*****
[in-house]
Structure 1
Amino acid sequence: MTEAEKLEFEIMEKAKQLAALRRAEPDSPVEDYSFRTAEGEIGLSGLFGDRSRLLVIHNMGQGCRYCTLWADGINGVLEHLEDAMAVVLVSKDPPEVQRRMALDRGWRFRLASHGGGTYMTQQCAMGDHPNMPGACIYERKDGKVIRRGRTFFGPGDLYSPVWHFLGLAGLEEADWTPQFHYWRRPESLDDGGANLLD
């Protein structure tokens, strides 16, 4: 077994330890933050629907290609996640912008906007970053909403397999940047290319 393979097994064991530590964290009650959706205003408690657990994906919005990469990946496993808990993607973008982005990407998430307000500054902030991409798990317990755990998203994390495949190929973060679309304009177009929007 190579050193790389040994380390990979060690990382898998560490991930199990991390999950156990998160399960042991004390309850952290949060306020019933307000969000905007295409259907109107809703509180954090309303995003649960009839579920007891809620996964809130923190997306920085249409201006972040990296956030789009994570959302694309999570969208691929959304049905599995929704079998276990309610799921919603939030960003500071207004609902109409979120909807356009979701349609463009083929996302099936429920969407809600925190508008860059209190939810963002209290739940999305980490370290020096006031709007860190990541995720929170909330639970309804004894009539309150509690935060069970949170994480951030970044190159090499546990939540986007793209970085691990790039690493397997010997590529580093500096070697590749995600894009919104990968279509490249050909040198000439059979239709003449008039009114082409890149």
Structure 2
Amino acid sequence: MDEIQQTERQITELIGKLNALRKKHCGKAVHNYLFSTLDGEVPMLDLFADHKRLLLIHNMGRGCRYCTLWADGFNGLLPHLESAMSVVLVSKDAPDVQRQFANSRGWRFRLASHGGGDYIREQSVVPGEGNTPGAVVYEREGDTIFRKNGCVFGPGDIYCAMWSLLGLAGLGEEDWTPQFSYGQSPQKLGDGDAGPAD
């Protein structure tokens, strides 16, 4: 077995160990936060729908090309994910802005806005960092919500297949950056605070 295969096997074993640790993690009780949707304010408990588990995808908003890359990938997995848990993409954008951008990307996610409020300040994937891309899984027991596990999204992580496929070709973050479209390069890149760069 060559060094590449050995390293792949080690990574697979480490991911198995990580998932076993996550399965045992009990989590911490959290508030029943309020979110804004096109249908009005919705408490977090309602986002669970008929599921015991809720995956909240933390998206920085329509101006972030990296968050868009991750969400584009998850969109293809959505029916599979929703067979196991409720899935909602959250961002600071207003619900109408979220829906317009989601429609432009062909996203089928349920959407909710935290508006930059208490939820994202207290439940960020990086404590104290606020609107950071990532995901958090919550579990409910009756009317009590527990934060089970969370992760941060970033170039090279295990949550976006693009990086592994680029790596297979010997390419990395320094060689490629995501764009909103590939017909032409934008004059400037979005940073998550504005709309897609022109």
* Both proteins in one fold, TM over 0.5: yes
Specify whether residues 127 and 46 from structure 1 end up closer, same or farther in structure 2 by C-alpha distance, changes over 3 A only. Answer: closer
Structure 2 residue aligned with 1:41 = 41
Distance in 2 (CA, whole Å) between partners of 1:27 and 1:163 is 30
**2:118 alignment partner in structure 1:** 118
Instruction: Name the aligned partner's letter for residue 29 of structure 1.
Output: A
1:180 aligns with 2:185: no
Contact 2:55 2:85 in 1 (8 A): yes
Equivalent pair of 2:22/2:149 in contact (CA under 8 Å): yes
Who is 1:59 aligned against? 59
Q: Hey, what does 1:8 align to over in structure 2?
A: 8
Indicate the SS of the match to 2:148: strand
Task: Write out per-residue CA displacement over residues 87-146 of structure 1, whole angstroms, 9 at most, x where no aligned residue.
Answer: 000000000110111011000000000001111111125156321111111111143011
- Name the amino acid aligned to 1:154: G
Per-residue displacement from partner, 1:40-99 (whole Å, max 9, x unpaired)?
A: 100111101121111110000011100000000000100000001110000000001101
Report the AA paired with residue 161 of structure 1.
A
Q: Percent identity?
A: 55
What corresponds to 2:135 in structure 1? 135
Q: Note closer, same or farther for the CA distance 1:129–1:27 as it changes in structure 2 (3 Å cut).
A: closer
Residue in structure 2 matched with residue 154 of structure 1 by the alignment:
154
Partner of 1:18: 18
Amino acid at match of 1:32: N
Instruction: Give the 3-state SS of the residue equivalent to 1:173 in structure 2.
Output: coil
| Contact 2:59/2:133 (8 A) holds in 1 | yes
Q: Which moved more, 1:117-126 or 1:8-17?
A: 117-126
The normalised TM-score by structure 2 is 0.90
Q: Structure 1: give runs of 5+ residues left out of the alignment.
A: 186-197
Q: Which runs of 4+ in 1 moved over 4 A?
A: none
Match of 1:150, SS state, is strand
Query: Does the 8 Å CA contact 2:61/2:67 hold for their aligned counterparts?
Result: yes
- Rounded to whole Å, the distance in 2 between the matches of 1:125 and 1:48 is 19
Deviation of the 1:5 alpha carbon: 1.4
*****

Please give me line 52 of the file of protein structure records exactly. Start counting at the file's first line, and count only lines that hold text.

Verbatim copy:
Deviation of the 1:5 alpha carbon: 1.4